SALTIRE: ANNIHILATION (PART 2)

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COMIC BOOK REVIEW: SALTIRE: ANNIHILATION (PART 2) / AUTHOR: JOHN FERGUSON / ARTIST: CLAIRE ROE, LAUREN KNIGHT / PUBLISHER: DIAMONDSTEEL COMICS / RELEASE DATE: APRIL 11TH

The rampage of the Ban Sith and the vampiric plague she unleashed upon Scotland was only the first wave of the Mercyan’s campaign of destruction. Now the forces of the Saxon warlord stand at the foothills of the Borders, ready to march across the land and lay waste to all that lies before them.

Superheroes need to be super; that’s obvious. But they also need to be fallible. If they’re just some invincible set of powers then any threat can be defeated with little effort, which runs the risk of them becoming boring as any tension is removed from their exploits. Up until now, Saltire has seemed to be a quite literal force of nature, his swords cutting an unrelenting swathe through his enemies will little resistance. However, at the end of part one of Annihilation we were introduced to his kryptonite: alcohol, and that this should be the defined weakness of a Scottish hero could spark quite a debate. Although, now this weakness has been identified it would seem to have a simple solution of keepin’ ‘im aff the bevvy, so it’ll be intriguing to see precisely how it can be used against him in future.

As the Saxon army advances from the south, the big blue ginger one has been left in a drunken coma, leaving the Guardians to face the army without the nation’s immortal protector. While infused with the power of ancient magic, most of the Guardians are still human, and when facing an entire army single-mindedly geared towards utter ruination the odds seem to be stacked too highly against them. As one by one they begin to fall under the crushing tide of the relentless onslaught and the survivors are driven further and further north, despair begins to set in, not only for precisely how victory over the oppressors will be attained, but also if it even can be.

Even after Saltire is awoken from his stupor, the tide isn’t necessarily turned, as the Mercyan’s dark witch minion Ester summons Tuisto, the deific Germanic allfather, and what follows is far from a simple retread of Saltire’s duel with Mars Ultor that climaxed the battle of Invasion. Even the greatest fighters in world inevitably have their skills blunted by the effects of booze, and with Saltire hungover and lethargic, and Tuisto born of the earth and manifesting as a 200-foot stone colossus, it takes more than just physical might to put down the enemy once and for all.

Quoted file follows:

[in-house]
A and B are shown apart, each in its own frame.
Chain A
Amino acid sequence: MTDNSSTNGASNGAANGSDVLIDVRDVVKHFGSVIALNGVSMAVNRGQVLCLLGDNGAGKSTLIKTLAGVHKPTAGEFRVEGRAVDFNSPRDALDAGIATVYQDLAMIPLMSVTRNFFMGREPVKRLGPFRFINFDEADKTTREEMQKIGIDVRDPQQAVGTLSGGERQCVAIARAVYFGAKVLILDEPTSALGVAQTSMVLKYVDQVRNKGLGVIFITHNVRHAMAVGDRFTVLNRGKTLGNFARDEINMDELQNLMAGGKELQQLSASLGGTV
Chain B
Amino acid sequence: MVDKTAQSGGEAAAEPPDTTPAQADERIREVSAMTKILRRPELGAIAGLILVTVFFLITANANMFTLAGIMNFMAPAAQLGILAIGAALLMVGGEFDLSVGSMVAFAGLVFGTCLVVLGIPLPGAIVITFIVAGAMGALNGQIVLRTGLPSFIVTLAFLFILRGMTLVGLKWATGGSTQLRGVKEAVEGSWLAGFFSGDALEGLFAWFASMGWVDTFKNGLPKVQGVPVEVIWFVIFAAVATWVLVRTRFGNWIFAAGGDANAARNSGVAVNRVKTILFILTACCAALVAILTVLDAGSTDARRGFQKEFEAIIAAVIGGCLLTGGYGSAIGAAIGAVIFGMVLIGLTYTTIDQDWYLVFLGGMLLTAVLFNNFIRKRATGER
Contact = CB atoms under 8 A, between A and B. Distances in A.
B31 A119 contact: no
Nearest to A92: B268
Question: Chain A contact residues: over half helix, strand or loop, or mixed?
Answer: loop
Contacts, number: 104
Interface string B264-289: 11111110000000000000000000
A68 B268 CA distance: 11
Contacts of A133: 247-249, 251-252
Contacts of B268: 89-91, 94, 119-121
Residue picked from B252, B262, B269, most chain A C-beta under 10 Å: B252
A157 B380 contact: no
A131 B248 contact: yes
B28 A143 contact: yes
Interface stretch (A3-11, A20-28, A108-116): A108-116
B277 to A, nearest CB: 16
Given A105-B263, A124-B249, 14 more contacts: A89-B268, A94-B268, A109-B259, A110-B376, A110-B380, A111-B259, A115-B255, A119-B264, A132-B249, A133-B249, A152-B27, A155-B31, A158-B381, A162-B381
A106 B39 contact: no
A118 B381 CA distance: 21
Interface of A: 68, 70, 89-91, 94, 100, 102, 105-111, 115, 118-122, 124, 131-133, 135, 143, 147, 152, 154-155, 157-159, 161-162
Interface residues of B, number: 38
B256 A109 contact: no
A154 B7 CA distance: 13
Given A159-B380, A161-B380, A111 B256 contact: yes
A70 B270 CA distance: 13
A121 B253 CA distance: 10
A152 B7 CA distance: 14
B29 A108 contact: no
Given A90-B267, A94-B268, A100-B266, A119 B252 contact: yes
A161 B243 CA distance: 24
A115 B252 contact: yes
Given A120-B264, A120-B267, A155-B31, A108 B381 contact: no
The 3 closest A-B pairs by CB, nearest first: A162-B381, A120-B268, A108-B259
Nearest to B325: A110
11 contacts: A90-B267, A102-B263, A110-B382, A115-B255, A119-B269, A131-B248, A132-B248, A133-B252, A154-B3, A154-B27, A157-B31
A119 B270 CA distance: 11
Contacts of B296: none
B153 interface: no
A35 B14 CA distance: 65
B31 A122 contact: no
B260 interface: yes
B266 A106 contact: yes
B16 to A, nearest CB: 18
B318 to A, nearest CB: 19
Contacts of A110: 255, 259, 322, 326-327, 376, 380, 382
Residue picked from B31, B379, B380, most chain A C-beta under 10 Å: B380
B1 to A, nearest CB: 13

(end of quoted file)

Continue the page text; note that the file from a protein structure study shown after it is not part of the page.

From their inception, the Saltire comics were intended to utilise Scotland’s extensive mythological history that exists largely untapped in fiction. In keeping with this, the fantastical nature of the dialogue maintains the feeling that the comic series could be a retelling of an ancient saga, a Scottish equivalent of epic poems such as The Nibelungenlied, Beowulf or The Odyssey. The story itself is pretty straightforward, but the depth of its themes raises it above a simple action comic, incorporating notions of honour, self-sacrifice, standing for ideals greater than yourself, and the nobility in laying down your life in the defence of others. While no less grim and shadowed, the artwork doesn’t have quite as much gleeful bloodlust as part one, and although there isn’t the same level of wanton carnage propelling the story, the action is augmented with a satisfying volume of fire and explosions that create wonderfully dramatic backdrops for striking menacing and heroic poses against.

The story ends on a two-panel stinger that acts as a set up for the next book and an antagonist’s possible return, the location of which also gives a big clue as to the next foe that Saltire and the Guardians will face.
 

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